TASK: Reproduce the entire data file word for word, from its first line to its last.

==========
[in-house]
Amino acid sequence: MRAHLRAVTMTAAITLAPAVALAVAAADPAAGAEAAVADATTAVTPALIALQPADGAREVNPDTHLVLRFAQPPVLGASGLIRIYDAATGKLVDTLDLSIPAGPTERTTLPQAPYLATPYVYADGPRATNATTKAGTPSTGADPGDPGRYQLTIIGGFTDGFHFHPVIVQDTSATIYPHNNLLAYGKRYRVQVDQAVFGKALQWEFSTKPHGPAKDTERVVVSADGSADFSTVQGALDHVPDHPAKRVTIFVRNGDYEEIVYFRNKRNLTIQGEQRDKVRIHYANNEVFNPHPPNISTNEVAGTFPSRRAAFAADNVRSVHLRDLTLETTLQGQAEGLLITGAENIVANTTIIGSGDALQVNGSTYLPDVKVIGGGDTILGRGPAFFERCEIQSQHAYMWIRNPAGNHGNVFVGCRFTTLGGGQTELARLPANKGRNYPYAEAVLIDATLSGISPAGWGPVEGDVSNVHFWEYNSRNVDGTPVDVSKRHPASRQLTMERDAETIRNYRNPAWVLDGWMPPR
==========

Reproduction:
[in-house]
Amino acid sequence: MRAHLRAVTMTAAITLAPAVALAVAAADPAAGAEAAVADATTAVTPALIALQPADGAREVNPDTHLVLRFAQPPVLGASGLIRIYDAATGKLVDTLDLSIPAGPTERTTLPQAPYLATPYVYADGPRATNATTKAGTPSTGADPGDPGRYQLTIIGGFTDGFHFHPVIVQDTSATIYPHNNLLAYGKRYRVQVDQAVFGKALQWEFSTKPHGPAKDTERVVVSADGSADFSTVQGALDHVPDHPAKRVTIFVRNGDYEEIVYFRNKRNLTIQGEQRDKVRIHYANNEVFNPHPPNISTNEVAGTFPSRRAAFAADNVRSVHLRDLTLETTLQGQAEGLLITGAENIVANTTIIGSGDALQVNGSTYLPDVKVIGGGDTILGRGPAFFERCEIQSQHAYMWIRNPAGNHGNVFVGCRFTTLGGGQTELARLPANKGRNYPYAEAVLIDATLSGISPAGWGPVEGDVSNVHFWEYNSRNVDGTPVDVSKRHPASRQLTMERDAETIRNYRNPAWVLDGWMPPR